According to the Assyrian Church of the east, there are certain qualities that a man must possess before entering priesthood. First he, must be blameless. If he was ever married, he should never have committed adultery. he should also be alert mentally, modest, of good behavior, given to hospitality, apt at teaching; not given to wine, not hasty to strike, but patient, not quarrelsome, not greedy of lucre (Sacraments, 2008). He should also be a great father, [o]ne who rules well his own house, having his children under submission to bring them up with all purity (Sacraments, 2008). He should also a devote Catholic since birth. Similarly, deacons should also maintain a life of purity (Sacraments,2008).
A clear examination of conscience should be done by men who desire to enter this lifetime vocation. According to St. Paul, choosing priesthood is desiring to have a good work with the spirit of God (Fitzgerald, 1996). Once the decision is made, the full conviction of giving special service to the church and the people of God is expected from people who are ordained as priests.
Based on the Apostolic Customs of the church, there are three major orders of priesthood: Bishops, Priests and Deacons, each of which requires a special ordination. The Bishop is viewed as the successor of the Apostles while the Priest and the Deacon act in the name of the Bishop. Each order is distinguished by its pastoral responsibilities. Only a Bishop may ordain. Often, other titles and offices are associated with the three orders. The Orthodox Church permits men to marry before they are ordained. Since the sixth century, Bishops have been chosen from the celibate clergy (Fitzgerald, 1996).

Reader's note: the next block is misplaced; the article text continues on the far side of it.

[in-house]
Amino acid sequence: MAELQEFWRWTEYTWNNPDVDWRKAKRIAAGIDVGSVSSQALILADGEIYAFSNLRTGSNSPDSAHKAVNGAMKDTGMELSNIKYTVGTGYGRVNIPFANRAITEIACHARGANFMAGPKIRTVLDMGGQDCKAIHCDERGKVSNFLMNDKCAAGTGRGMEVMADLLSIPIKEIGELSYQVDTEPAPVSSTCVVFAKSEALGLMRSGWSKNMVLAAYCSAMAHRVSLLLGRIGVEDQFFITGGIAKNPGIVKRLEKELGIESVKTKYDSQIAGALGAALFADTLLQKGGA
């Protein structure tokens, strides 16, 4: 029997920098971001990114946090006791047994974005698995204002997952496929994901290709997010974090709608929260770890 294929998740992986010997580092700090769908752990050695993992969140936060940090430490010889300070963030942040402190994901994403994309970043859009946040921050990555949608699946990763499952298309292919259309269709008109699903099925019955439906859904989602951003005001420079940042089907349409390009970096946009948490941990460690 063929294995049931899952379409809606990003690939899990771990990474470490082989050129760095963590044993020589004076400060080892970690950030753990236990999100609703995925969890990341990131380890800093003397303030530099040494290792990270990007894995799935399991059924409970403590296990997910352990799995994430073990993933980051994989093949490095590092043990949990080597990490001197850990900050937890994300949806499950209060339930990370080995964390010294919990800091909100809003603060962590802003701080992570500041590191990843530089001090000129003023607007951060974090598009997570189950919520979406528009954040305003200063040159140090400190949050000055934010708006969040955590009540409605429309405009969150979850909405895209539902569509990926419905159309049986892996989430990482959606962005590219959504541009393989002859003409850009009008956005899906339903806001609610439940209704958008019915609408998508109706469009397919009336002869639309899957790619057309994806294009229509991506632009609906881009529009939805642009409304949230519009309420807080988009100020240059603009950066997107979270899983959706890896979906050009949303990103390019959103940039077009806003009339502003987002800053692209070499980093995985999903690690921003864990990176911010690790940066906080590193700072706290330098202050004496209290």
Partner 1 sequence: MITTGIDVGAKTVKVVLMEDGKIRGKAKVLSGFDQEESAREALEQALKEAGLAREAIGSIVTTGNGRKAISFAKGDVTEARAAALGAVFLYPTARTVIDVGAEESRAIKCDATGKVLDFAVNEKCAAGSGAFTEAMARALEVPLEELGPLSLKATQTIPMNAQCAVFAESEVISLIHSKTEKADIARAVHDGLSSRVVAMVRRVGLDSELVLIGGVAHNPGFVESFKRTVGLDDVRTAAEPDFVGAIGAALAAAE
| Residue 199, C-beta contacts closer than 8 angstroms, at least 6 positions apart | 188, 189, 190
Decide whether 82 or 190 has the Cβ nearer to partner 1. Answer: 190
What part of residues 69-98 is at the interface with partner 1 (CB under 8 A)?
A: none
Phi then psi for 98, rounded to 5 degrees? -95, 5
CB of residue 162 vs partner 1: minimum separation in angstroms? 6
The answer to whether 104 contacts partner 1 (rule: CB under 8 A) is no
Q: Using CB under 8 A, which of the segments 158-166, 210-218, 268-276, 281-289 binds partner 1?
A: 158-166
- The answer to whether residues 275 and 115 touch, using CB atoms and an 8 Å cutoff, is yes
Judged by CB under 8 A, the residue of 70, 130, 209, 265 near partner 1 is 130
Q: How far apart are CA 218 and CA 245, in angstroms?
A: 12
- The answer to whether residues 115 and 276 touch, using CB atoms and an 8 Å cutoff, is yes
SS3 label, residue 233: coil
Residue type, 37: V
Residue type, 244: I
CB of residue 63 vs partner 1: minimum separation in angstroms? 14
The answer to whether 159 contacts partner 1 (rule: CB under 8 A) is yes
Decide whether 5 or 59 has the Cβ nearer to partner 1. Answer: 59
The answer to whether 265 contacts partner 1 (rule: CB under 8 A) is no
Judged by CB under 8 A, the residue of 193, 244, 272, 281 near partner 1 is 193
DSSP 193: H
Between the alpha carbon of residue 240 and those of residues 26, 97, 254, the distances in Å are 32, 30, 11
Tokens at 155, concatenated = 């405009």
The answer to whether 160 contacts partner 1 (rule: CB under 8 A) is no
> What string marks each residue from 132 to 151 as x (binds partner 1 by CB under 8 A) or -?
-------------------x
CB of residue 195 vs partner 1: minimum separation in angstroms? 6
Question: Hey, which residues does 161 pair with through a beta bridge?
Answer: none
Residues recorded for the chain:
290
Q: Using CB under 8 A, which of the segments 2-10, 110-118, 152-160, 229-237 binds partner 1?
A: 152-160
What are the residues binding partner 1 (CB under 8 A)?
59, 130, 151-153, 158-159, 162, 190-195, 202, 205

Bishop is the highest order of priesthood. The name episcopos was given to the successors of the Apostles (Acts 20:28; 1 timothy 3:1-2; Titus 1:7, King James Version). The term episcopos means overseer and is also called as the Archpriest. This makes him the chief of the priest within a specific territory. There are many bishops worldwide and they are all equal among themselves since they own the same degree of priesthood. However, they are graded in their titles which depend on their administrative power.
Priest occupies the second order of the Holy Priesthood. He is in charge of the community to which he gives spiritual services and where he administers all the sacraments, except ordination. He is the main celebrant during the Eucharist and leads the whole community of God into prayer and blesses them in the name of the Lord .
The third order belongs to the Deacon or diakonos which means assistant (Matthew 20:26; Acts 6:1-7 King James Version). His main responsibility is to assist the priest during the celebration of sacraments and other church services. He often recites the litanies, gospel readings and other prayers .
The Catholic priesthood is an institution necessary for Christianity. According to Fr. Hardon (1998), without priesthood, Christianity would cease to exist. If there is no priesthood, Jesus Christ would not be present in the Eucharist. It is also the duty of priests to give penance to sinners and anoint the sick and dying in the world. They are also the ones who reveal the divine truth to the world. In a world without priesthood, Christianity would be a memory but no longer a reality. It would cease to exist on earth in this admittedly, difficult valley of tears (Hardon, 1998).
Controversies in Catholic Priesthood
The last part of this research discusses the office of priesthood as retrieved from the Jesus is Lord website which will give a clearer view of what the office of priesthood really is: